The surface cation composition of nanoscale metal oxides critically determines the properties of various functional chemical processes including inhomogeneous catalysts and molecular sensors. Here we employ a gradual modulation of cation composition on a ZnO/(Cu1−xZnx)O heterostructured nanowire surface to study the effect of surface cation composition (Cu/Zn) on the adsorption and chemical transformation behaviors of volatile carbonyl compounds (nonanal: biomarker). Controlling cation diffusion at the ZnO(core)/CuO(shell) nanowire interface allows us to continuously manipulate the surface Cu/Zn ratio of ZnO/(Cu1−xZnx)O heterostructured nanowires, while keeping the nanowire morphology. We found that surface exposed copper significantly suppresses the adsorption of nonanal, which is not consistent with our initial expectation since the Lewis acidity of Cu2+is strong enough and comparable to that of Zn2+. In addition, an increase of the Cu/Zn ratio on the nanowire surface suppresses the aldol condensation reaction of nonanal. Surface spectroscopic analysis and theoretical simulations reveal that the nonanal molecules adsorbed at surface Cu2+sites are not activated, and a coordination-saturated in-plane square geometry of surface Cu2+is responsible for the observed weak molecular adsorption behaviors. This inactive surface Cu2+well explains the mechanism of suppressed surface aldol condensation reactions by preventing the neighboring of activated nonanal molecules. We apply this tailored cation composition surface for electrical molecular sensing of nonanal and successfully demonstrate the improvements of durability and recovery time as a consequence of controlled surface molecular behaviors.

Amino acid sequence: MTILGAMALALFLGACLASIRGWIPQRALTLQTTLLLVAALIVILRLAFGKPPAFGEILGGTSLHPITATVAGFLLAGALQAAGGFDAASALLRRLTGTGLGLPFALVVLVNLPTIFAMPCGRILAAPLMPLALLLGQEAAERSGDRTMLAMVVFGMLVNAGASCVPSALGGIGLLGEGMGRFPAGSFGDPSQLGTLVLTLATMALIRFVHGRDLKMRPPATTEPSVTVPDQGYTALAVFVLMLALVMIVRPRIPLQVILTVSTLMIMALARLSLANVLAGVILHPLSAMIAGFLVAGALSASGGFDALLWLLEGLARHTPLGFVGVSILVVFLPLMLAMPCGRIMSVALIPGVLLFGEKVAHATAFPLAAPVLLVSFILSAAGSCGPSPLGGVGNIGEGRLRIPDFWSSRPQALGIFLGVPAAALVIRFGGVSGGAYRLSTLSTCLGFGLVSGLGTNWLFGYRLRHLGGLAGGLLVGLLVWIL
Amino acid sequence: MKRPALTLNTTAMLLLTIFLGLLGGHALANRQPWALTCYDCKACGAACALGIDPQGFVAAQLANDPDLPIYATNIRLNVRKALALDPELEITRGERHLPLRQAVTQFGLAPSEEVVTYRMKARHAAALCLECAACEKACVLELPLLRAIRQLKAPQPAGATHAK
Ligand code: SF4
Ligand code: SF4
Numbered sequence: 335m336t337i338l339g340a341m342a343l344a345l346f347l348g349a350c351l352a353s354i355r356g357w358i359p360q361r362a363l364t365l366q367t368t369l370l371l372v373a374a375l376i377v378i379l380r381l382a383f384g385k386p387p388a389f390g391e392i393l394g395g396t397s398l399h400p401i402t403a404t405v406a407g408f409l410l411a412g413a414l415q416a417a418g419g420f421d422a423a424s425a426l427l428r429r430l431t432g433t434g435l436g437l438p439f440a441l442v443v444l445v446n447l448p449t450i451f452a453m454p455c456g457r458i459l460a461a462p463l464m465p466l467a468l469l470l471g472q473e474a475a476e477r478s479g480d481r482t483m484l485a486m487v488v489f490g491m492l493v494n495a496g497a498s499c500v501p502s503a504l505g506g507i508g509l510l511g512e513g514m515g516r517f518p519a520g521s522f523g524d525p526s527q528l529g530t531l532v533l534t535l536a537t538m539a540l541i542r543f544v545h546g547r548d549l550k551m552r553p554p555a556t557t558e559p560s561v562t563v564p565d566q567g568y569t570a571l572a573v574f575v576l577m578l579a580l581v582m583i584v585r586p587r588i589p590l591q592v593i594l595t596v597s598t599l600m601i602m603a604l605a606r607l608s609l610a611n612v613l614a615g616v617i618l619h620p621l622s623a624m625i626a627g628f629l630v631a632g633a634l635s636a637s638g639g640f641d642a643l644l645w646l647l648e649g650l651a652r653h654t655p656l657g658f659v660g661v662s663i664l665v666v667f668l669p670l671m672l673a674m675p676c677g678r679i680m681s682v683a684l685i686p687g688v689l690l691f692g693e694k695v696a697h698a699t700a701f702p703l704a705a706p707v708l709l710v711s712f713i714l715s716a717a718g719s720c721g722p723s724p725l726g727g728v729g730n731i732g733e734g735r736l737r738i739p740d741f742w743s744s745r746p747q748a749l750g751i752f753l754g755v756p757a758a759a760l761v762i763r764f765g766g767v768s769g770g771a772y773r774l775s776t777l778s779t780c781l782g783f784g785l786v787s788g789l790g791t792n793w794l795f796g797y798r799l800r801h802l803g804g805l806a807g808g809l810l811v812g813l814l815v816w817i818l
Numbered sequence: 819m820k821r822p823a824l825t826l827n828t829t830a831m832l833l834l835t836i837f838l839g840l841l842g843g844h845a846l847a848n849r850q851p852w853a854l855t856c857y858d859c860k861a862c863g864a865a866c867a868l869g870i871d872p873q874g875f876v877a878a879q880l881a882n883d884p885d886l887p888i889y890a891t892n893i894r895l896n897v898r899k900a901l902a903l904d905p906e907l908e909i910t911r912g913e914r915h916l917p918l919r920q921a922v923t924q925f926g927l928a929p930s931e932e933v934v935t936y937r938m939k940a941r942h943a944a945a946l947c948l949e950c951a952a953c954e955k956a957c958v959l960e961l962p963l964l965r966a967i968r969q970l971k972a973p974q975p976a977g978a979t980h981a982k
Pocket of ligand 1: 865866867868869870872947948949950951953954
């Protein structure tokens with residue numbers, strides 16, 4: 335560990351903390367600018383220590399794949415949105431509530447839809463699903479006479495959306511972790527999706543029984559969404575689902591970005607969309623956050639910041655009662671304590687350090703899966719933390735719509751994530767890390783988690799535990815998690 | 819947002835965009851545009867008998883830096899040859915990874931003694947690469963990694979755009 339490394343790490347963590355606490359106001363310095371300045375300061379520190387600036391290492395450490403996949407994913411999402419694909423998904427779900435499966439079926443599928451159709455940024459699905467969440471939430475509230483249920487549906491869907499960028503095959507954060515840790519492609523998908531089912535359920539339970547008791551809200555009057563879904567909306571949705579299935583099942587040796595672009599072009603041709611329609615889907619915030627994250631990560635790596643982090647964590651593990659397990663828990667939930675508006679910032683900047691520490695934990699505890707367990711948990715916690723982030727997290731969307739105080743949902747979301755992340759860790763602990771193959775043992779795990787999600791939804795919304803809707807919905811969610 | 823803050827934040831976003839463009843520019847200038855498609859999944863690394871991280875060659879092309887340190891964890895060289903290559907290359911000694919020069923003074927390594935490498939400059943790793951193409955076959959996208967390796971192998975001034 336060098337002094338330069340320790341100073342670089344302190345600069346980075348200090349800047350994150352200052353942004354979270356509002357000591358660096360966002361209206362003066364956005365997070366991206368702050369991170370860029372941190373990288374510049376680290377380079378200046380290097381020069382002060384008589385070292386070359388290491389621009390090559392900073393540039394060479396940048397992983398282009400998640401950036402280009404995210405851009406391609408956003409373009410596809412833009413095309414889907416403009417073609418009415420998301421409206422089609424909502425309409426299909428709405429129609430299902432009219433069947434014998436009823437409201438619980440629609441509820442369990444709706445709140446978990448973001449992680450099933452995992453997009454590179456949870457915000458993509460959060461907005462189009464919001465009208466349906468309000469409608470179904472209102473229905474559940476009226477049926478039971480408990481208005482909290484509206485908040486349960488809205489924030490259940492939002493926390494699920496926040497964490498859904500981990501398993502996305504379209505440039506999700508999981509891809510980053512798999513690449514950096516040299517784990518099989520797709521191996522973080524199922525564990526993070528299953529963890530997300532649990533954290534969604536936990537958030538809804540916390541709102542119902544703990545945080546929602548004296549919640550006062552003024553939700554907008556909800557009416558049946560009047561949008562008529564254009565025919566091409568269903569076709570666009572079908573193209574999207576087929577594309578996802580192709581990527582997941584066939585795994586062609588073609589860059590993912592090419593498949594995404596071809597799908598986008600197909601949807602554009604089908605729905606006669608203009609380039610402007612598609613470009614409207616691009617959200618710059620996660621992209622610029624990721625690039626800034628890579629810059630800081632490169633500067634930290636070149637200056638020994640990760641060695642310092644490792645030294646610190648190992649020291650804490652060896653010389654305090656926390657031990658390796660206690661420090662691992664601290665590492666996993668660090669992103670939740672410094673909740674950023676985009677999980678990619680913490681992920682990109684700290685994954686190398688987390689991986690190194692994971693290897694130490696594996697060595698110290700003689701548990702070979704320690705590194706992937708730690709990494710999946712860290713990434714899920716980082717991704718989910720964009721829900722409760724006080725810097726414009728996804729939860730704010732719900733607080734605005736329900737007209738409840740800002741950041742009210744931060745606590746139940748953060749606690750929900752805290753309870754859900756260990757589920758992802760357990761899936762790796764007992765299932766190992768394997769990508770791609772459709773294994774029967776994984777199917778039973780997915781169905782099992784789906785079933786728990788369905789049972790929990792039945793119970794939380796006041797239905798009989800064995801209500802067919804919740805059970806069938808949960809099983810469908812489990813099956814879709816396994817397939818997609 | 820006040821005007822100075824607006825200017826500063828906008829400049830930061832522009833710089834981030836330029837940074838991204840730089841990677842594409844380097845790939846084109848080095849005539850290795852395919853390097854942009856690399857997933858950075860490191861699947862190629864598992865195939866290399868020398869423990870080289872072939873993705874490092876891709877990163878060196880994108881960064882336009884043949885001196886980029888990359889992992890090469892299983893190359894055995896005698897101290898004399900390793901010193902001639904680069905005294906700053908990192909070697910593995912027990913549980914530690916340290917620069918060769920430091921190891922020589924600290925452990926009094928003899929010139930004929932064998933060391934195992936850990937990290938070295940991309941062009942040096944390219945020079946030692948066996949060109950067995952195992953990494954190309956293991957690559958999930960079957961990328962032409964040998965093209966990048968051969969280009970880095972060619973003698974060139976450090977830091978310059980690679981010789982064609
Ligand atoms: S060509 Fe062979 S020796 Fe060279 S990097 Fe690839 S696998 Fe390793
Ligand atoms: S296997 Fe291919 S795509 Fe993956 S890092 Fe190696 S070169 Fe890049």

All Science Journal Classification (ASJC) codes